For all potential clients, but especially residential clients, the following is a description of how the process generally works from our initial meeting to project close-out. Because every project is different, some of these steps may not be required. But this will give you a overview of how I work and the steps you can anticipate.
Initial Meeting and Programming:
Our first meeting (which is free), allows us to review the potential project and your expectations. We will talk about the existing building, the property, your project hopes and expectations, zoning restrictions, building code issues, potential budget and schedule. From that meeting I will prepare a detailed proposal for architectural services which will outline the services I will provide, their cost and schedule.
Existing Conditions Survey:
Often the first task is to document the existing building conditions. I will measure and photograph the building and then prepare CAD drawings in plan and exterior elevation. I often will create a graphic form model, which is a computer-generated 3D view of the building that we can use to see the building and the changes we propose. The drawings and model will be used for the next step: the design.
Once I have become familiar with the building through the measuring and documenting of the building and its surroundings, I will then start the design process. Often I will explore several layouts that meet the project goals. These conceptual designs will be accompanied by a written description of each schemes strengths and weaknesses in relation to the program goals, budget, schedule, zoning and building code issues. I will present plans, elevations and models of each scheme during a meeting in which we will review the schemes in detail. Once a scheme is selected, we can then move into Construction Drawings.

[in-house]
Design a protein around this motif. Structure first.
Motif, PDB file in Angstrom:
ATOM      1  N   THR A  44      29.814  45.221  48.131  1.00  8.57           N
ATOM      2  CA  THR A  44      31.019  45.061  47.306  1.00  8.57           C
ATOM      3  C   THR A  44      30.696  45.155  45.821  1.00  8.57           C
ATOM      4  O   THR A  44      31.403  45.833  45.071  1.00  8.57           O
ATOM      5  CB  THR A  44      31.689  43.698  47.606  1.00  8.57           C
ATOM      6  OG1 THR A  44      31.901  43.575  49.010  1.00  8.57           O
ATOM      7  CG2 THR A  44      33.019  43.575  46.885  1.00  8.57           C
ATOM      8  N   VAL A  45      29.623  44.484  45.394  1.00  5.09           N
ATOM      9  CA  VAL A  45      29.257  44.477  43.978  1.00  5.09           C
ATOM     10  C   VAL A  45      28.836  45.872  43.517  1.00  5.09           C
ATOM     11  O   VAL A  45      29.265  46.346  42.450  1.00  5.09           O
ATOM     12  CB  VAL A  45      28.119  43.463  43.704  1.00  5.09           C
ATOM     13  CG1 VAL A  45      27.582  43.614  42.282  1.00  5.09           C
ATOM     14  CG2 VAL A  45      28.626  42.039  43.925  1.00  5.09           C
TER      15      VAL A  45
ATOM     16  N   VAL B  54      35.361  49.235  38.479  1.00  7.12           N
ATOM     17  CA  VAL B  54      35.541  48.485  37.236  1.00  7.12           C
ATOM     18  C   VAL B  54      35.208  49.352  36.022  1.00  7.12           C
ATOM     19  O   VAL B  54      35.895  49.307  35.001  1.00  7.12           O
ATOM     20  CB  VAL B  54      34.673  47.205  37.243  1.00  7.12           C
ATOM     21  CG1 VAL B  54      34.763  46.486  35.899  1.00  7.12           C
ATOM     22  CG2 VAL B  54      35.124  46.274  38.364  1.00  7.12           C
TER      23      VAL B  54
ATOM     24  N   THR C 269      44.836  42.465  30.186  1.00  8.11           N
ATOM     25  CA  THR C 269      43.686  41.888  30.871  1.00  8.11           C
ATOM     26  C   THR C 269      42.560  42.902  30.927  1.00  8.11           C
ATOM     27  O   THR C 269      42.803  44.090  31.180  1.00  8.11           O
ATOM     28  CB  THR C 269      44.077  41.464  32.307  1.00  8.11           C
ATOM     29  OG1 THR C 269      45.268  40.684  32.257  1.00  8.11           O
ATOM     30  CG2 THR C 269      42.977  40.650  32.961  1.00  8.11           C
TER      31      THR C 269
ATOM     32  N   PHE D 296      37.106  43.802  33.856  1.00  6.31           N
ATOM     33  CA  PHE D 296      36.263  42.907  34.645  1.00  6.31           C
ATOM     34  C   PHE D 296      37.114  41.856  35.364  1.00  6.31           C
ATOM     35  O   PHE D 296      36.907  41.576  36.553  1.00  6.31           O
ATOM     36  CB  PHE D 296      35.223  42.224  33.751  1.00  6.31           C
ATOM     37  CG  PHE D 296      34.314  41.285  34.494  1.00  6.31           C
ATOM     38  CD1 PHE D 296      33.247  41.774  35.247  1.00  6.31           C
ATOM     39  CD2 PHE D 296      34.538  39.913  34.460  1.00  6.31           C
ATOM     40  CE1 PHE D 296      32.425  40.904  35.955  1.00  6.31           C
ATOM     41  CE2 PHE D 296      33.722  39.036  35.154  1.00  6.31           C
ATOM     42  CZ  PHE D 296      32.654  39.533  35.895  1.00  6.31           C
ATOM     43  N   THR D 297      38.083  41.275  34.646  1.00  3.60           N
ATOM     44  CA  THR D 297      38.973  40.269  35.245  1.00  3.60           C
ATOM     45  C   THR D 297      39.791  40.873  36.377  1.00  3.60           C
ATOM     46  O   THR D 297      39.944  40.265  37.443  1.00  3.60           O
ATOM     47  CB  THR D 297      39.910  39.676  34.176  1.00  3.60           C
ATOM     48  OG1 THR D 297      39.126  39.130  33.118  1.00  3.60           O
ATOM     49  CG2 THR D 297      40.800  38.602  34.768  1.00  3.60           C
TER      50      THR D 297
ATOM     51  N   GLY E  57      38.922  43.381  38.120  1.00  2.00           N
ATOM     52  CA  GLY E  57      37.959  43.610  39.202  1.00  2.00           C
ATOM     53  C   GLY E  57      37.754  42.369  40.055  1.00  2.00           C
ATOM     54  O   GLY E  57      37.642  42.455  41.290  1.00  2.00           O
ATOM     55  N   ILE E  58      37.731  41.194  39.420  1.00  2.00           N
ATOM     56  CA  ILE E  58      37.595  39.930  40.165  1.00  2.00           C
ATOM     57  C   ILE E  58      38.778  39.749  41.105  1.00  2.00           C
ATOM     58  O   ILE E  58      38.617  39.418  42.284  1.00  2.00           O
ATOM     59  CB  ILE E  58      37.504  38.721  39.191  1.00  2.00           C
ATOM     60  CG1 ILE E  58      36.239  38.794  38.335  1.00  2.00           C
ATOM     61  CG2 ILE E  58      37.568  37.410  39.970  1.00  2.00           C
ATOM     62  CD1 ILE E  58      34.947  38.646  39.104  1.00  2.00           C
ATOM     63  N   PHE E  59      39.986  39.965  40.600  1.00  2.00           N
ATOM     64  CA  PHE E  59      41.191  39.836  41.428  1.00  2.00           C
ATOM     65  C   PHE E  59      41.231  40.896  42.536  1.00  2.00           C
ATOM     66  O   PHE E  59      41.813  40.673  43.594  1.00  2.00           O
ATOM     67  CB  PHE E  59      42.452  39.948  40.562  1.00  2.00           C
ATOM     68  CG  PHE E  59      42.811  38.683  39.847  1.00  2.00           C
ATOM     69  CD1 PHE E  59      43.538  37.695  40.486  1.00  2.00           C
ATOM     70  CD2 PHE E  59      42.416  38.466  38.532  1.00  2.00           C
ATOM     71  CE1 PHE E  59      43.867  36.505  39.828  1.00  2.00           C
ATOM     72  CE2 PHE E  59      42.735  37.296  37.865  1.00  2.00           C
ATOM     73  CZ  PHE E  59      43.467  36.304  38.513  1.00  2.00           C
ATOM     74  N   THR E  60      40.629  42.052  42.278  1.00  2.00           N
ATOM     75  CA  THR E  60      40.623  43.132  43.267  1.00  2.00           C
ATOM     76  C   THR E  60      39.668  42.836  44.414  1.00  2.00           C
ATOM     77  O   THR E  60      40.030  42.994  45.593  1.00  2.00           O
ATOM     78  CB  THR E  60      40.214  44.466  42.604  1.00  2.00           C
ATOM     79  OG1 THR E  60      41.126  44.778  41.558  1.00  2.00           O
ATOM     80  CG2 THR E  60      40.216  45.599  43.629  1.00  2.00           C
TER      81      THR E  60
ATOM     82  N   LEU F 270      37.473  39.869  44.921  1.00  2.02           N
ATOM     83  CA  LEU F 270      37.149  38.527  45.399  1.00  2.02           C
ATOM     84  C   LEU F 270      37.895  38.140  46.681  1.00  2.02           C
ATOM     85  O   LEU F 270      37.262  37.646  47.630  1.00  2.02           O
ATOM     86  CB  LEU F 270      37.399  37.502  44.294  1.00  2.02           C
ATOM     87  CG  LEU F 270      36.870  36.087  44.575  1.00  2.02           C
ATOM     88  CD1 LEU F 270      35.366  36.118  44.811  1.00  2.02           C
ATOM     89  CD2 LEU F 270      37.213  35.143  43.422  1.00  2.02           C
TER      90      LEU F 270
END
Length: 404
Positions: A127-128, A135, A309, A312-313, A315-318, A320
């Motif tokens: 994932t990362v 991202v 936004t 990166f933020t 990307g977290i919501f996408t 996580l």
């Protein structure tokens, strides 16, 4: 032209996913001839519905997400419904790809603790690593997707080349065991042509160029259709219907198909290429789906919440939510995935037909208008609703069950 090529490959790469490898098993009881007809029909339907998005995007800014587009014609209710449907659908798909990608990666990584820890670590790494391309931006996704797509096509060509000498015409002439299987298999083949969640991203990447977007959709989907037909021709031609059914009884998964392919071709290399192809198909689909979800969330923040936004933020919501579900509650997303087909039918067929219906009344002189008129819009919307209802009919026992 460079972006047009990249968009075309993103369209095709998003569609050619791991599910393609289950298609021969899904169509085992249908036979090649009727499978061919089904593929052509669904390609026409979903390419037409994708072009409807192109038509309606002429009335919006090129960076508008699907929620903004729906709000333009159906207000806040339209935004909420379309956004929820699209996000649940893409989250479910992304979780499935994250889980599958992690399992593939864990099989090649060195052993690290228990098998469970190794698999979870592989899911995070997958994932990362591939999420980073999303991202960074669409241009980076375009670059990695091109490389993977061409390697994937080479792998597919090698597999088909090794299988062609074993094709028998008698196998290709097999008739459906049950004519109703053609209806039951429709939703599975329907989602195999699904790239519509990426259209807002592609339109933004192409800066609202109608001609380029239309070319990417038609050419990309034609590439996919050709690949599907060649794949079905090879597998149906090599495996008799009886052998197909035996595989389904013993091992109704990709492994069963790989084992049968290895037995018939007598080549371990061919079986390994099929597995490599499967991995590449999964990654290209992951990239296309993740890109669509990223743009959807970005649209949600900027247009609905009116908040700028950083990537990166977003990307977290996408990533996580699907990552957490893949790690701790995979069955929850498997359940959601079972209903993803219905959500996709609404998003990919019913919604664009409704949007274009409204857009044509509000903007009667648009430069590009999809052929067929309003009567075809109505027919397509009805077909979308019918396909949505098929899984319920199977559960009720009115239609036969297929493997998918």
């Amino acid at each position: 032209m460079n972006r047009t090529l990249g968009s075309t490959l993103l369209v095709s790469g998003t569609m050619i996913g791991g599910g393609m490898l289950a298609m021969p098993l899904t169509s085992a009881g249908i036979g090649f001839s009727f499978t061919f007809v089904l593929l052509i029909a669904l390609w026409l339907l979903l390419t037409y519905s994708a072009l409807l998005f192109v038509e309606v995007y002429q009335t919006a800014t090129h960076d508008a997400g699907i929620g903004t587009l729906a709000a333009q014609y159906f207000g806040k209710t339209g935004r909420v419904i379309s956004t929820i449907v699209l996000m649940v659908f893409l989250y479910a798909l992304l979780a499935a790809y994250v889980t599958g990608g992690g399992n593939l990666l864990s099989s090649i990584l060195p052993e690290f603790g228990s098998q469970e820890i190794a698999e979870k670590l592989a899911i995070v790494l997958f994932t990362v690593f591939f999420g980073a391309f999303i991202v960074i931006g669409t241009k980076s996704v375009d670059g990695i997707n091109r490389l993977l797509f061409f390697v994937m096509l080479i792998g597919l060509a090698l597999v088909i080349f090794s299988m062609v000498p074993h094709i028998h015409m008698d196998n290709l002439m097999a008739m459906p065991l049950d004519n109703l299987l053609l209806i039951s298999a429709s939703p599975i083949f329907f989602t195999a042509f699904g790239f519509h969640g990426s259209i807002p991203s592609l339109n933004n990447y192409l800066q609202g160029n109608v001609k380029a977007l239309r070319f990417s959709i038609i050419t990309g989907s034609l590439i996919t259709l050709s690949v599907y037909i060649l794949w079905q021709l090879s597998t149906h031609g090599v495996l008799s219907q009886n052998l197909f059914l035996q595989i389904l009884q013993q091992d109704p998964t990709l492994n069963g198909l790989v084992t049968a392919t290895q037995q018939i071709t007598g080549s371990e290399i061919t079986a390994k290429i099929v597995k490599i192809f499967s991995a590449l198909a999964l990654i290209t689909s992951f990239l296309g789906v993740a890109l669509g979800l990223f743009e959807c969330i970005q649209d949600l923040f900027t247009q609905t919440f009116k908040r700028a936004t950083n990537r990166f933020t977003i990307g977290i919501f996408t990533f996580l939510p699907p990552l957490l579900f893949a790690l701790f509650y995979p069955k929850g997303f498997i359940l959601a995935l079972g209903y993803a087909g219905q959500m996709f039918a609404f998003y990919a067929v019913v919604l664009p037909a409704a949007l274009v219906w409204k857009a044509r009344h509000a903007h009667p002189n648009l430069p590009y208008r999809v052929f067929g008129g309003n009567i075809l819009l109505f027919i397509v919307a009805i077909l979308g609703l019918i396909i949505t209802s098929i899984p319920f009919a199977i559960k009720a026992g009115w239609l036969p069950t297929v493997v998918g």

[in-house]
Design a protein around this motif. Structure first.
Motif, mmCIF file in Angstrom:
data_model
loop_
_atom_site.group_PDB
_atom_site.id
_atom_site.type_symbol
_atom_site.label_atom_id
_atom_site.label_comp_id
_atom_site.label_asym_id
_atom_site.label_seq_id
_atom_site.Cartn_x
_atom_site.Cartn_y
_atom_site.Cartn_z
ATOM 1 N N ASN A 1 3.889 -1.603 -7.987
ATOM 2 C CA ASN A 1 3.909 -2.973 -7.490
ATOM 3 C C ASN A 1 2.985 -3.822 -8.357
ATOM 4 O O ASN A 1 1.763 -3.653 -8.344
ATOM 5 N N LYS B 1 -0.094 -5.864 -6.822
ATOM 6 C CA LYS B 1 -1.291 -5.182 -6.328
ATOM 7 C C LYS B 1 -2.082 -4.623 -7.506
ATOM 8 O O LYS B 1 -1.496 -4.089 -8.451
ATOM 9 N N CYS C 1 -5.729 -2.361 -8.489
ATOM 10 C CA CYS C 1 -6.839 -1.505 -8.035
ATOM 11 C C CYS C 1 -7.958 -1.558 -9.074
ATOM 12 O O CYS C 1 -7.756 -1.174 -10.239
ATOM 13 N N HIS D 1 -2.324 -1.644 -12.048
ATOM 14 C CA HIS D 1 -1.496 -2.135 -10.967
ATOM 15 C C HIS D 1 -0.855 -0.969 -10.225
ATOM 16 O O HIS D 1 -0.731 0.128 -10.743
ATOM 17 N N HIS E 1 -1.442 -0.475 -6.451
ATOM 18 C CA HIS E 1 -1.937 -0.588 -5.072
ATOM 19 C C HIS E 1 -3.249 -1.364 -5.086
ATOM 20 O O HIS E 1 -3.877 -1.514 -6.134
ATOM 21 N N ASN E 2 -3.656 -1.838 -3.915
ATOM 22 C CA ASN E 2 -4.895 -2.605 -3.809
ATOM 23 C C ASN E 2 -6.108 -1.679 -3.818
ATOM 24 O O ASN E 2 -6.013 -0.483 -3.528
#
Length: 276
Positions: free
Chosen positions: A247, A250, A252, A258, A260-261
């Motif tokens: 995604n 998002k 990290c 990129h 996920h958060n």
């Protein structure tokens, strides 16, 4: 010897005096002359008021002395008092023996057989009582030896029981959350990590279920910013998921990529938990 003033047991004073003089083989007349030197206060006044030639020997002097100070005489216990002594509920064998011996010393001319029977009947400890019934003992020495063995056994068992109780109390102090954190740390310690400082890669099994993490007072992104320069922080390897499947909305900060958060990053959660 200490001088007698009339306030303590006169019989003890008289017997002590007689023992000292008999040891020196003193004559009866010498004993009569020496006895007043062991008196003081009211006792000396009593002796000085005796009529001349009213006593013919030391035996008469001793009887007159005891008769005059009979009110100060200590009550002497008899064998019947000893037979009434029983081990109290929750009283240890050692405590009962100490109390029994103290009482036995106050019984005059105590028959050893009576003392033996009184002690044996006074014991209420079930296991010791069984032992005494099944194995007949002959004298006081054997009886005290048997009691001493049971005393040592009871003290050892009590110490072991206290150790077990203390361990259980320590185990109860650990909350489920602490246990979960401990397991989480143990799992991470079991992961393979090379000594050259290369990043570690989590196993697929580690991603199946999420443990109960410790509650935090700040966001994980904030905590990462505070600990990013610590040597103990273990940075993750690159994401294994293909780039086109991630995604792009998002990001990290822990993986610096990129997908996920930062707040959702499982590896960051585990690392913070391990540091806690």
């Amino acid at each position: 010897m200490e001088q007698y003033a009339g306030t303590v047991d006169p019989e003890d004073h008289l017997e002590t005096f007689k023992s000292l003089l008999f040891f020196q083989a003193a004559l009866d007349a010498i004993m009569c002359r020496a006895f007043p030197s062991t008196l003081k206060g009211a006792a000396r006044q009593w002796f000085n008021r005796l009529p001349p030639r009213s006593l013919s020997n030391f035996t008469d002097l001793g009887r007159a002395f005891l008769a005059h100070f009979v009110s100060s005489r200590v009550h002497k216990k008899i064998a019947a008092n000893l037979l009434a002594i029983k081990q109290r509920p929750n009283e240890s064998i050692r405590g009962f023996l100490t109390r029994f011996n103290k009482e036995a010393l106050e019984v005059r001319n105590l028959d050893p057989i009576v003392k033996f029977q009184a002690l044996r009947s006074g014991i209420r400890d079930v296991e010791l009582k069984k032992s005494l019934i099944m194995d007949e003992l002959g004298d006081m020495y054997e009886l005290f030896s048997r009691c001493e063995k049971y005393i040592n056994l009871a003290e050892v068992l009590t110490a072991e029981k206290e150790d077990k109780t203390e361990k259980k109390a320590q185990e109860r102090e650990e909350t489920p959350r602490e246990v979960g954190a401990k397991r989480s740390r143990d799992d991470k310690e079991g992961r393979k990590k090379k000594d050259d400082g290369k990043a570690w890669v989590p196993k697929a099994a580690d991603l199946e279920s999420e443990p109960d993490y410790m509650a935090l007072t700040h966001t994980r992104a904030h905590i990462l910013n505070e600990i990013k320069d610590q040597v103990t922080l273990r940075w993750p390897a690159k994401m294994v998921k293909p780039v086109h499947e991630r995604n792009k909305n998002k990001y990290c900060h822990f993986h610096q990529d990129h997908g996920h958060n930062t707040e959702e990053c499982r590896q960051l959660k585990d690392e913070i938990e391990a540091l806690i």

Construction Drawings and Construction:
The design is the important first step in getting the project built. The construction drawings are the documents we use to get the building permit and a firm construction budget, then ultimately, they are used by a contractor to build the project. It is vitally important that the drawings and written description of the project be accurate and comprehensive. The contractor needs to see everything we are changing or adding, how it connects with the existing, and how the whole will look and feel once it’s done. I will typically be involved through the construction in order to review the work and advise the client and contractor throughout the process.
At the end of the process, you get to enjoy the fruits of our combined labor. If it’s your home, welcome.
The Boston Society of Architects has some very good information about working with an architect. The link to the Homeowner’s Project Handbook is: http://www.homeownersprojecthandbook.com/